Nothing exemplifies the ghetto status of the U.S. economy more than the success of Wal-Mart in the face of the ongoing destruction of what was once a vibrant and strong middle class. In case you missed it, Marion Nestle, Professor in the Department of Nutrition, Food Studies, and Public Health at NYU, came out with some interesting tidbits regarding the food stamp program. One of them is extraordinarily disturbing. She shows that Wal-Mart’s gets as much as 25% to 40% of revenue at some stores from food stamp dollars. This says it all folks. Food stamps are or course the perfect business for Wal-Mart and JP Morgan, which as I pointed out previously makes a lot of money running the program and keeping the populace in perpetual serfdom. Meanwhile, guess what another of the best performing stocks this year is? Corrections Corp of America, ticker CXW, up 41% YTD! Guess what they do? Yep, you guessed it. They lock up the serfs that get out of line.
The dollar exclusion list is becoming bigger and bigger with every passing day as China gets ready.
"Unlike other financial instruments, gold doesn't produce interest. But given its symbolic presence and usefulness as a safe haven in times of crisis, the BOK needs to buy more. We may do so this year," he said.
- With big conditions, China Offers $43 Billion for IMF Crisis War Chest (Reuters)... US offers $0.00
- Mexico is not Spain: Mexican Yields Drop to Record as Spain’s Borrowing Costs Soar (Bloomberg)
- And live from Las Ventanas al Paraiso: G-20 Leaders Focus on Banks as Spain's Woes Challenge Merkel (Bloomberg)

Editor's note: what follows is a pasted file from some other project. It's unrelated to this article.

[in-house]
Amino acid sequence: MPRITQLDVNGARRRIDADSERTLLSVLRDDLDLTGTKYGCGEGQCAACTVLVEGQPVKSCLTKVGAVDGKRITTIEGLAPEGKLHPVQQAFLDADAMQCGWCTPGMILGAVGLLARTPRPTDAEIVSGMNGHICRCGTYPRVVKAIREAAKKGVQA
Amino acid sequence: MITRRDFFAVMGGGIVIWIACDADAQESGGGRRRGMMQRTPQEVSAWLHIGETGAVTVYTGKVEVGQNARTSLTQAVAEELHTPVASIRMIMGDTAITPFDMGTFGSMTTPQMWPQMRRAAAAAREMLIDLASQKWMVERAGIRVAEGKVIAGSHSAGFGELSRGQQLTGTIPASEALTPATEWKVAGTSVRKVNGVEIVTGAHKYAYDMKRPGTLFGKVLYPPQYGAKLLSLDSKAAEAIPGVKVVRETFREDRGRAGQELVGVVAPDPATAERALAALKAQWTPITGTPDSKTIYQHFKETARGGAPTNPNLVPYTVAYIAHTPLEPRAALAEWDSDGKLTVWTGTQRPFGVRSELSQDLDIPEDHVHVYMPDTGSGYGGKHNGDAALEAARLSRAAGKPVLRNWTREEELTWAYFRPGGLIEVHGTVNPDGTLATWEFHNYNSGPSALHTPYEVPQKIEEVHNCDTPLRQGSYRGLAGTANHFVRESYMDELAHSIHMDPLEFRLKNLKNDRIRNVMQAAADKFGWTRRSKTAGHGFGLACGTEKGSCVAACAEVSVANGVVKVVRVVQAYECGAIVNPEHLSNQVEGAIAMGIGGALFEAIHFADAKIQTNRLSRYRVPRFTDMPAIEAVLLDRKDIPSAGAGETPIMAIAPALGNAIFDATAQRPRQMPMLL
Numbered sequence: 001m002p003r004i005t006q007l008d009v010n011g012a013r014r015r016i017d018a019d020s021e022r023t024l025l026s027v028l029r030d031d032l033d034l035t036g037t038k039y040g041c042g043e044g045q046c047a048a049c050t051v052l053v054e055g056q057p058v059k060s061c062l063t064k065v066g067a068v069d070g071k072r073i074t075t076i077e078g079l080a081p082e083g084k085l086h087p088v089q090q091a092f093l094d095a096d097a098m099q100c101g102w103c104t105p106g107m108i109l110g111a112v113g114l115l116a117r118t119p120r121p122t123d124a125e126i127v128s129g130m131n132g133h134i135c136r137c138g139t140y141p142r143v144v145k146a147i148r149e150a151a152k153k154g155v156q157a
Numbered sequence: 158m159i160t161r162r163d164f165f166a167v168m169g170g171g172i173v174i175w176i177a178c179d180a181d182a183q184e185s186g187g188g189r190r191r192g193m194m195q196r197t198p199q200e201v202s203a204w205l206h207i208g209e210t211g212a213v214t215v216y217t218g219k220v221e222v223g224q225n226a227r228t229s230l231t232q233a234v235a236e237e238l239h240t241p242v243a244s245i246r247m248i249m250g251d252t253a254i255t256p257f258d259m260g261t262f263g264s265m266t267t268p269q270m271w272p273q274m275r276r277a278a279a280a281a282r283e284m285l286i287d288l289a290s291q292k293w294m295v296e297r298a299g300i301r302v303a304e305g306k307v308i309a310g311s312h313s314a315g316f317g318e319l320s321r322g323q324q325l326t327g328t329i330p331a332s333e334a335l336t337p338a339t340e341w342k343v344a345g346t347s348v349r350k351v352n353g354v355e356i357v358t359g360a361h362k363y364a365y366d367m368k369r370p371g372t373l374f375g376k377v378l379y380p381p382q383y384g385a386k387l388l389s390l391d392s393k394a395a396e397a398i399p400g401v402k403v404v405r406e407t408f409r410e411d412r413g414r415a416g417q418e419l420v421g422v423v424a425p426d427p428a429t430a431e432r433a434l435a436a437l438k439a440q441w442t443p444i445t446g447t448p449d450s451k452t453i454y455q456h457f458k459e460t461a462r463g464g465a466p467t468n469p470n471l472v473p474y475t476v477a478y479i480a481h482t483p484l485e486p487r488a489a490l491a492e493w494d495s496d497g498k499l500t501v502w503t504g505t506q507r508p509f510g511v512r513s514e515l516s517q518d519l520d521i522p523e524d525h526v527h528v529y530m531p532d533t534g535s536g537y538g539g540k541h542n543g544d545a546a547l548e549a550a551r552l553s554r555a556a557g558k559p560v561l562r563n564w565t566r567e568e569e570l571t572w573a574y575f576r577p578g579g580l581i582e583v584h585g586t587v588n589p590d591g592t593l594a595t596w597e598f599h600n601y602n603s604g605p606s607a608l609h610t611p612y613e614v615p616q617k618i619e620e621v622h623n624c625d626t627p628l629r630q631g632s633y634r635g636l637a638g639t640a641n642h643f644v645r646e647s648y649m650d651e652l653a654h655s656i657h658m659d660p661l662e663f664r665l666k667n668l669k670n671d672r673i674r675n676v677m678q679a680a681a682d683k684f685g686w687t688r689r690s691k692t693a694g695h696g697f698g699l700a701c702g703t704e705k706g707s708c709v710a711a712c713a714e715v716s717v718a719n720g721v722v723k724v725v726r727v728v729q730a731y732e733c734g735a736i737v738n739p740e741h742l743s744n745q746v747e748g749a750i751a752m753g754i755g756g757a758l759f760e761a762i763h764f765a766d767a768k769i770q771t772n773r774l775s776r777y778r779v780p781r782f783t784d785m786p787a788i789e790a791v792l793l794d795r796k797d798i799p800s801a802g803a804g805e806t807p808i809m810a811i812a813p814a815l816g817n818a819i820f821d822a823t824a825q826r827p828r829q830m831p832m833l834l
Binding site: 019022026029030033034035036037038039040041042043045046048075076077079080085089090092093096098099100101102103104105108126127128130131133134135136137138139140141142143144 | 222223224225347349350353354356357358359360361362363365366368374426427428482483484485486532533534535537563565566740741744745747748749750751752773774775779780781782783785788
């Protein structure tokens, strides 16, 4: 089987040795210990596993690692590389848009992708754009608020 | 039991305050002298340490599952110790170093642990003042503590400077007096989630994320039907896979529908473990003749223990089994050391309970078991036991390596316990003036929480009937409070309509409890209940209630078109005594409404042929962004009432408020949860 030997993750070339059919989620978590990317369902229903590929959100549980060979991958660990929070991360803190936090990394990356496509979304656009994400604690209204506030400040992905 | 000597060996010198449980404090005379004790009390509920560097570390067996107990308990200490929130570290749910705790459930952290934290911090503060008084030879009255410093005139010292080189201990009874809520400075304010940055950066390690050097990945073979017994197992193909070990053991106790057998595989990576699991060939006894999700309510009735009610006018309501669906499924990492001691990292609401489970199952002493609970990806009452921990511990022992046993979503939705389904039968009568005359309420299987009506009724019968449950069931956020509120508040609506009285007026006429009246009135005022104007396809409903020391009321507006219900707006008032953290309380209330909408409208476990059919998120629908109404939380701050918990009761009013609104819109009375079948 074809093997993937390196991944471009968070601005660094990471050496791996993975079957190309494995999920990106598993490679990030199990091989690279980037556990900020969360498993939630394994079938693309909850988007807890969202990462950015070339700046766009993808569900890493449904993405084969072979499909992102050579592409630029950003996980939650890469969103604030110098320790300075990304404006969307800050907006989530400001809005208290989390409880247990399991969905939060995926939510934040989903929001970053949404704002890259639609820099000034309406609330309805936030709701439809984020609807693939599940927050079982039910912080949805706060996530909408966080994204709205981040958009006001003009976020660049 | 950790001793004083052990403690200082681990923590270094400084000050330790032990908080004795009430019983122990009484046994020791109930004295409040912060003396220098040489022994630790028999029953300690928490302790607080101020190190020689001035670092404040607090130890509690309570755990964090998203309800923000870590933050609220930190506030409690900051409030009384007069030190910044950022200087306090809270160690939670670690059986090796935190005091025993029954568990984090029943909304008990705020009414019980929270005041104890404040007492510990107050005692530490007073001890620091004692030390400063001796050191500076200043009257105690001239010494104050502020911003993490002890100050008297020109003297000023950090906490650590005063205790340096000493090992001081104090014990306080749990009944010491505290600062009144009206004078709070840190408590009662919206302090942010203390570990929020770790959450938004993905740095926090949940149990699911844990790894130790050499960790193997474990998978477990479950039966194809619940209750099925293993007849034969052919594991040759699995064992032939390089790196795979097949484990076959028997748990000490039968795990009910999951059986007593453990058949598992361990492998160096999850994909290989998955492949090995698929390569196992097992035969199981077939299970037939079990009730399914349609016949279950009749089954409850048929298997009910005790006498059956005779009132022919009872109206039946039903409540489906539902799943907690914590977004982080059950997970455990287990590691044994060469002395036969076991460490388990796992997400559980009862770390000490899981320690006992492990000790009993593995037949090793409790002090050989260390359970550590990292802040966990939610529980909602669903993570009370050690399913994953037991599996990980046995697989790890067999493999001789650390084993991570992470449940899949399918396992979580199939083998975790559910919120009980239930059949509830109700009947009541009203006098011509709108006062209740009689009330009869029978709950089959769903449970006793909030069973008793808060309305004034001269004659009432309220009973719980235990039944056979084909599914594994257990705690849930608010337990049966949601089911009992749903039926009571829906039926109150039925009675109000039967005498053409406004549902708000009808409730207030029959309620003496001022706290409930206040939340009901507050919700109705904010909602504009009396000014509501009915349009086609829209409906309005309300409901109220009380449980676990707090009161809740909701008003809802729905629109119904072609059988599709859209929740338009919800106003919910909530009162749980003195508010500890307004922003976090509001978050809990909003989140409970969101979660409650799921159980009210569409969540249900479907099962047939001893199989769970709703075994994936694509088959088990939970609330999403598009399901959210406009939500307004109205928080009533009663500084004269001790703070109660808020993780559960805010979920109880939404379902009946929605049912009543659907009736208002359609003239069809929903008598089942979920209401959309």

- German Constitutional Court Gives Victory to Opposition in ESM Suit (WSJ)
- EU Europe’s Leaders Urged to Resolve Crisis (FT)
- Backing Grows for One EU Bank Supervisor (FT)
- Greek Leaders Close to Coalition, Aim to Ease Bailout (Reuters)
- China Economy Improves in June, Commerce Minister Chen Says (Bloomberg)
- China Looks for Loan Boost (WSJ)
Relief in the markets, after the worst case scenario from the Greek elections was averted, proved to be decidedly short-lived. Although the pro-bailout New Democracy party came in first with 129 seats (with an additional 50 seat bonus) the markets still await confirmation of an actual working coalition given a caretaker government has been in place now for approximately two months. A degree of uncertainty in regards to the demands the new coalition will place on negotiating the country's bailout terms has resulted in many investors being unwilling to get their toes wet just yet. Away from the election fever, rising Spanish yields continue to spook the market with the 10yr yield breaching the 7% level, prompting aggressive re-widening of the 10yr government bond yield spreads. The move comes at a crucial time for Spain as they look to come to market tomorrow in 12 and 18 month bills followed by three shorter dated bonds to be tapped this Thursday. Meanwhile, the FX markets have reflected the shift in sentiment with EUR/USD well off its overnight highs and the USD index firmly supported by the prevailing flight to quality bid. However, the biggest currency move of the day came in the early hours after the rupee (INR) weakened substantially following the RBI's decision to leave rates on hold, this coupled with Fitch changing the country's outlook to negative from stable has kept the currency under pressure throughout the day.